The Dionysian Vision of the World

The Dionysian Vision of the World

Friedrich Nietzsche, Ira J. Allen

Language: English

Pages: 83

ISBN: 193756102X

Format: PDF / Kindle (mobi) / ePub

In this early work, Nietzsche explores the Dionysian ideal and worldview which would come to be central in The Birth of Tragedy.

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appears [erscheint] as something like a persistent weakness of the Will. The more dissolute the Will, the more all crumbles into individual pieces; the more self-willed the development of the individuum, the weaker the organism that it serves. In this state, something like a sentimental motion of the Will at once erupts, a "creature sigh" for what is lost-from out of the greatest pleasure12 sounds [tont] the cry of deepest dismay, the yearning wail of an irreparable loss. Voluptuous nature

incorporate its other m an ifestation [Erscheinungsform ] , the Dionysian Will. The struggle between these two manifestations of Will had an extraordinary aim: to create a h i g h e r p o s s i b i 1 i t y o f e x i s t e n c e and, also, to arrive in this at a still h i g h e r g l o r i f i c a t i o n (through art) . No longer the art of seeming [Kunst des Scheins], but rather tragic art was the form of this glorification; in it, however, that art of seeming is entirely absorbed. Apollo and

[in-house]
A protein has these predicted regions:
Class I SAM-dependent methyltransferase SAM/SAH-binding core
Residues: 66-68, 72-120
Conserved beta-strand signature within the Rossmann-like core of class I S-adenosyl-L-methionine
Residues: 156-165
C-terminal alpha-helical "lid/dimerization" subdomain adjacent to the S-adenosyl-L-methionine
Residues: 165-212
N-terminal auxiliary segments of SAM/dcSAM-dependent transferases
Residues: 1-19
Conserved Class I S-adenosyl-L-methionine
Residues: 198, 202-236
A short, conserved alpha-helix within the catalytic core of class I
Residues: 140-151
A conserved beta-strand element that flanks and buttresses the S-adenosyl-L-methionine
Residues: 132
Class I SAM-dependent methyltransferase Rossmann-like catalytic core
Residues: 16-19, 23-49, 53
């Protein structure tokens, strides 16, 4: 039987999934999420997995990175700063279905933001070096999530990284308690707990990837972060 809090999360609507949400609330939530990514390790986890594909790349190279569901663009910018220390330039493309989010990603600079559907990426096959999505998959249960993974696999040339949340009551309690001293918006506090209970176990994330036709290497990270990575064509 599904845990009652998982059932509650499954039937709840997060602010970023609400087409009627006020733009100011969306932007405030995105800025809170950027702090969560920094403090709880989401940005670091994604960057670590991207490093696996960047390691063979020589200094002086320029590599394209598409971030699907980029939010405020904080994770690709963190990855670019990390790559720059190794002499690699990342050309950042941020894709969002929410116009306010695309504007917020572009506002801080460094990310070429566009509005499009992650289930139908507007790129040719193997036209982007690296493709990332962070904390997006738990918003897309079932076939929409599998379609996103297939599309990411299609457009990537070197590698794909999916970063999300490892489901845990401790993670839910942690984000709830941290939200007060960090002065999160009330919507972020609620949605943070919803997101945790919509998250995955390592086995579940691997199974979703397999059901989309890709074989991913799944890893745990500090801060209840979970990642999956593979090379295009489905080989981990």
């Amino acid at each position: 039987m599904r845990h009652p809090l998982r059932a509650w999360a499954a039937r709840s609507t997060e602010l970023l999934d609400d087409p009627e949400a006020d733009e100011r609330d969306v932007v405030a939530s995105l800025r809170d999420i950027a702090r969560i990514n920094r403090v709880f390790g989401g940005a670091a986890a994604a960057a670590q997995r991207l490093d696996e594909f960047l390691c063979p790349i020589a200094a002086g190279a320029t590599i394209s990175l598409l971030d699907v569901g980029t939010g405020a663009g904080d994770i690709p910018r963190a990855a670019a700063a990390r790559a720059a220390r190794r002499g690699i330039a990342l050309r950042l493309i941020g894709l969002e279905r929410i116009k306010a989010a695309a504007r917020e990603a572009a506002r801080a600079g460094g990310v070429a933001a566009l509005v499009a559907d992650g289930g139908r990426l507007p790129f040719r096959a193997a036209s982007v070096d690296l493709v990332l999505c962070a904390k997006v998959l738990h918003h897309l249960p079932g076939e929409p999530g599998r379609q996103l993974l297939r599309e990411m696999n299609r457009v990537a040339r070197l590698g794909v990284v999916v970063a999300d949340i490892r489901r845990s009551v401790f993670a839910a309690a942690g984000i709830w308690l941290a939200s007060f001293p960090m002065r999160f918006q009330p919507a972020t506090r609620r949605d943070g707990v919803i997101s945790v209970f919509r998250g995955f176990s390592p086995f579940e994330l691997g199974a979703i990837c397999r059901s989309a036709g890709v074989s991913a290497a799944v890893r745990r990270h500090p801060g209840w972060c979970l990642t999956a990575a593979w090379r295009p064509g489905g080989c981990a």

Apollonian seeming or emphasis on beautiful appearance works as a sort ofsecondary appearing of a world that itself comes into being not as substance, but only ever as "mere" appearance. It is Dionysian intoxication that comes closest to grasping the insubstantive primary appearing that is all that world is. Schein also alludes to propriety or good form, which allows us to immediately understand a ''figure" or Gestalt (29); it is Schein that enables us to apprehend " figures" instantly and

vision of the Will's pain-bliss connection is related to that Will's being "eternally suffering and contradictory" (KSA 1.38). This suffering Will, the inessential essence of nature, "needs the rapturous vision, pleasurable seeming, for its continuous relief " (KSA 1.38). We are "wholly captured by and 17 comprised of this seeming," which we are compelled to apprehend as "empirical reality," in other words, as "that which is truly not, an ongoing becoming in time, space, and causality" (KSA

Roger Kamien characterizes dissonance as "an unstable tone combination ... its tension demands an onward motion to a stable chord. Thus dissonant chords are 'active'; traditionally they have been considered harsh and have expressed pain, grief, and conflict" (41). Nietzsche's genius is to recognize in that pain, grief, and conflict a "primordial joy" (BT24.141). 24 THE DIONYS IAN VISION OF THE WORLD 1. The Greeks, who in their gods at once declare and conceal the secret doctrine of their

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